I wrote a reasonably in-depth post over at the Percolate blog on my thoughts on the marriage of Google+ and Android. Here’s a snippet:
As we all know, Google has very publicly announced its intention to build G+ into a massive social platform at any cost. For awhile I think many simply nodded and metaphorically patted Google on the head, as if to say, “sure Google, whatever you say.” However, as Android has continued to grow, I’ve noticed something very interesting: It seems that Google’s plan to turn G+ into a platform is to hitch its wagon to Android. With over a billion users it’s hard to argue with that strategy.
I wrote a little post over on the Percolate blog about Android and how they handle sharing. A snippet:
Overall I’ve been very impressed, but the point of this isn’t to do a review of iOS versus Android (specifically 4.3 Jelly Bean). That seems useful to do at some point, but for now I want to talk about “intents”. This is the function that allows one application to pass you to another for a specific action. The place you see this most is in the share intent, which allows you to hit share in any application and have access to all the other apps you have installed that you might want to share that piece of content on.
This, for me, makes Android feel a lot more social than iOS, which requires each application to hard-code in their sharing functionality (except for the Facebook and Twitter integrations which happen at the app level). This is awesome both from a user experience standpoint (I don’t have to copy and paste anything) as well as a developer standpoint (if you’re building apps you don’t have to make decisions on which platforms to put in/leave out and you can easily register your app as a share service and make it available inside other apps).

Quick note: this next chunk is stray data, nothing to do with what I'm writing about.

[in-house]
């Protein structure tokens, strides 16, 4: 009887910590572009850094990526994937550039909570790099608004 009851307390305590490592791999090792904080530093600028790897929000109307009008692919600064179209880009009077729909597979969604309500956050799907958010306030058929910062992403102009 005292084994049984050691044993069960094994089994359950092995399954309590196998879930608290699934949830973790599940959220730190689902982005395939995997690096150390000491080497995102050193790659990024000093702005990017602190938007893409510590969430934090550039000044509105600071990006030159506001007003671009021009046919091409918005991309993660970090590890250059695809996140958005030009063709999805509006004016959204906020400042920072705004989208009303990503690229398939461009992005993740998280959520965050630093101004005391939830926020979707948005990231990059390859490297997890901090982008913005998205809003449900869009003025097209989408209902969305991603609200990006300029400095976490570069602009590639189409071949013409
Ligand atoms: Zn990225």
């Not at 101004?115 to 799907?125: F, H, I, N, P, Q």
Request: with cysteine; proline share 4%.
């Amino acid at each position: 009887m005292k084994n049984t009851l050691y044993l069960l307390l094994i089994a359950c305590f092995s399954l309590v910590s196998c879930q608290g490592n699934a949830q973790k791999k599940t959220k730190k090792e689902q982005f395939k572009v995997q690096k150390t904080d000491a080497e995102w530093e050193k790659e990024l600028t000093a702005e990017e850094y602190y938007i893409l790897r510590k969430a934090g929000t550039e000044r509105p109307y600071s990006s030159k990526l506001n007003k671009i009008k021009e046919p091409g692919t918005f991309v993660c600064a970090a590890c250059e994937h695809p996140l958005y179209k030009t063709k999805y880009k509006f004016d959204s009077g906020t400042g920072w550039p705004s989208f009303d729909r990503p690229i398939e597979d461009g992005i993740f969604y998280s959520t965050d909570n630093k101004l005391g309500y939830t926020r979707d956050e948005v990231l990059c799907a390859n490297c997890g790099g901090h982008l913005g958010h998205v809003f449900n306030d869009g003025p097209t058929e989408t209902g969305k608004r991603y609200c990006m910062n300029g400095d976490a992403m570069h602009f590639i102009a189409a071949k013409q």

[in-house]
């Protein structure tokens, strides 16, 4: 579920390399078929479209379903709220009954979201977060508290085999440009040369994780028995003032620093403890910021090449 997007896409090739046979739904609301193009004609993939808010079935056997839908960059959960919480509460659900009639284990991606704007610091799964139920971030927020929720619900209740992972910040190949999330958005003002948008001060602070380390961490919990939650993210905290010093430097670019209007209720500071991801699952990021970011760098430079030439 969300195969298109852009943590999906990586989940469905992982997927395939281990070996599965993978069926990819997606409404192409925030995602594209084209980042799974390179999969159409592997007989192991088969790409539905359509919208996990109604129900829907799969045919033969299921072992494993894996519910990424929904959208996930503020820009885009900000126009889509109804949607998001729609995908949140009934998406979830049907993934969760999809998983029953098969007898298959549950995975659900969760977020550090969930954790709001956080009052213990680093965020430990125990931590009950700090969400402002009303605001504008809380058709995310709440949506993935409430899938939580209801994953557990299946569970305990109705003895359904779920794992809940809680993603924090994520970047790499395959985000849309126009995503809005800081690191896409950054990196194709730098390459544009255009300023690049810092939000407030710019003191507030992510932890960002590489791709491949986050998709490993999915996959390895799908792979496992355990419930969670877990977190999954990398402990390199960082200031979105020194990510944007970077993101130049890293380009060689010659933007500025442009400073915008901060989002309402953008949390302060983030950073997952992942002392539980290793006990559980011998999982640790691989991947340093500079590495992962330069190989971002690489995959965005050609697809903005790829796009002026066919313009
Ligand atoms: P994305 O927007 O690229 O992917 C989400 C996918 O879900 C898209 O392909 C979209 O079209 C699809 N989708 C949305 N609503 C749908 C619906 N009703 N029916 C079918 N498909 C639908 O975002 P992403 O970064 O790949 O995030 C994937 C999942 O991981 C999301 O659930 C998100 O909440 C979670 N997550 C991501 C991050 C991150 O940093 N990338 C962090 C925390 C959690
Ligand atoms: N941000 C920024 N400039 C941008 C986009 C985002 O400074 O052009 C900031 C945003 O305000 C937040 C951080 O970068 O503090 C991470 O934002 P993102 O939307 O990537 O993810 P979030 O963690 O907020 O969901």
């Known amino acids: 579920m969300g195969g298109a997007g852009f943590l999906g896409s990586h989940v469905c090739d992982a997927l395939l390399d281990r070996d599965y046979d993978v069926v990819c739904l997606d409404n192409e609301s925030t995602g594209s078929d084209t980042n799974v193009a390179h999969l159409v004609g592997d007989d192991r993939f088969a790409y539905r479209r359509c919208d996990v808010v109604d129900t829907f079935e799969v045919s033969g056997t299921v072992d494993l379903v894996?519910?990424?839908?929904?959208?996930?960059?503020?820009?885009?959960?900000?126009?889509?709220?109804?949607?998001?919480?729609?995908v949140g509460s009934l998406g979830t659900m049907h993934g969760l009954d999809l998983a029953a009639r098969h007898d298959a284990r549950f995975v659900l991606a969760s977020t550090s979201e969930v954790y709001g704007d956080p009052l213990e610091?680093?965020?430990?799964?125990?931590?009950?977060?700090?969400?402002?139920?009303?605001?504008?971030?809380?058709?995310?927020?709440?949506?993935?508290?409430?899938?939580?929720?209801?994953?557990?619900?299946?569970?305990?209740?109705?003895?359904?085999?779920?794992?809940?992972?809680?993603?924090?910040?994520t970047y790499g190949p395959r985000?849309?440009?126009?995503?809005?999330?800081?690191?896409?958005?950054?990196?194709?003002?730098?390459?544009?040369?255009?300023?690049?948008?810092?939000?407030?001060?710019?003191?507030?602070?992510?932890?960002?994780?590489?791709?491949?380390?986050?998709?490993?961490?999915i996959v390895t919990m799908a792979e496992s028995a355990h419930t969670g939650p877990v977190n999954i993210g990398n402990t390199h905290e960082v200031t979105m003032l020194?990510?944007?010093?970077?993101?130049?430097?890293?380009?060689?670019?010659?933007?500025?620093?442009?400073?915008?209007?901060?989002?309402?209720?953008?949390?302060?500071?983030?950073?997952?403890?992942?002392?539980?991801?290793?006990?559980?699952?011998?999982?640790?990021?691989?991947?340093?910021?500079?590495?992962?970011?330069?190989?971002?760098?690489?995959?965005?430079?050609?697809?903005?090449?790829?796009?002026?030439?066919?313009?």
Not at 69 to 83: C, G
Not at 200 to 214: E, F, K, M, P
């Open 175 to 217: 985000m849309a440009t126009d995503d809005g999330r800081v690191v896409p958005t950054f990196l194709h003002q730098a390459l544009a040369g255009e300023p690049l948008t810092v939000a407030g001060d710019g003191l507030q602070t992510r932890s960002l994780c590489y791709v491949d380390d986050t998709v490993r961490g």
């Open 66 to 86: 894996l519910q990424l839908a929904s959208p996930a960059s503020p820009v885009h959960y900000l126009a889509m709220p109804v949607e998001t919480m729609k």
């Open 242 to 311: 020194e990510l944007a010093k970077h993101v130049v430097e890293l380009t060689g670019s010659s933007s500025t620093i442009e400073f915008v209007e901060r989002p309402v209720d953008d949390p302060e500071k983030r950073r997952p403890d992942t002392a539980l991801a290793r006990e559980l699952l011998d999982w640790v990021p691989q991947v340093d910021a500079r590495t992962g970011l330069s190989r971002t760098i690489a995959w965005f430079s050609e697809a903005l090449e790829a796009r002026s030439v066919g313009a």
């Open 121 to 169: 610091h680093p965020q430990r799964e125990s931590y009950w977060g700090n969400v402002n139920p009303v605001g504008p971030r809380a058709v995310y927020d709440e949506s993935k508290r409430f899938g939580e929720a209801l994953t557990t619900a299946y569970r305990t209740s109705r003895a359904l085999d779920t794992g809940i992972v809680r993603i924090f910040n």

Read the whole thing.
I wrote a piece over at Forbes.com about some stuff I’ve been thinking about lately, specifically how to start to understand the shifts we’re seeing in social. Here’s the opening two paragraphs:
A few months ago I was asked to put together a presentation about the future of social. As would be expected, I was pretty overwhelmed with the topic and turned it over and over in my head trying to figure out the best way to approach the question. Whenever I find myself in a situation like this I turn to my personal intellectual hero and the person I believe to be the greatest media thinker of the 20th Century, Marshall McLuhan. While he wrote long before the web existed, his theories around how media evolves and interacts with culture are more relevant than they’ve ever been.
At the heart of McLuhan’s theories is his most famous saying: “The medium is the message.” Though like most things McLuhan it requires a fair amount of unpacking, at its core is the idea that we’re affected more by our interactions with the medium itself than we are with the content we experience on it. “The ‘message’ of any medium or technology,” McLuhan explained, “is the change of scale or pace or pattern that it introduces into human affairs.” In his book “Understanding Media” he goes on to give an example: “The railway did not introduce movement or transportation or wheel or road into human society, but it accelerated and enlarged the scale of previous human functions, creating totally new kinds of cities and new kinds of work and leisure.” In other words, it realigned personal expectations and culture and expanded the definition of local.
Nick Bilton on Google+: “Detractors don’t realize one very important point: Google does not see Google+ as a separate product; to the company, Google+ is the product.” An interesting take … I’ve heard a bunch of different theories on where G+ fits in the world of big G. Another is that G+ is the beginning of the Google social operating system. The gist is that you should think of G+ as a set of apps that make sense as native components of Android. Not sure where I fall on all this exactly, but it seems that this isn’t just a flash-in-the-pan project for Google.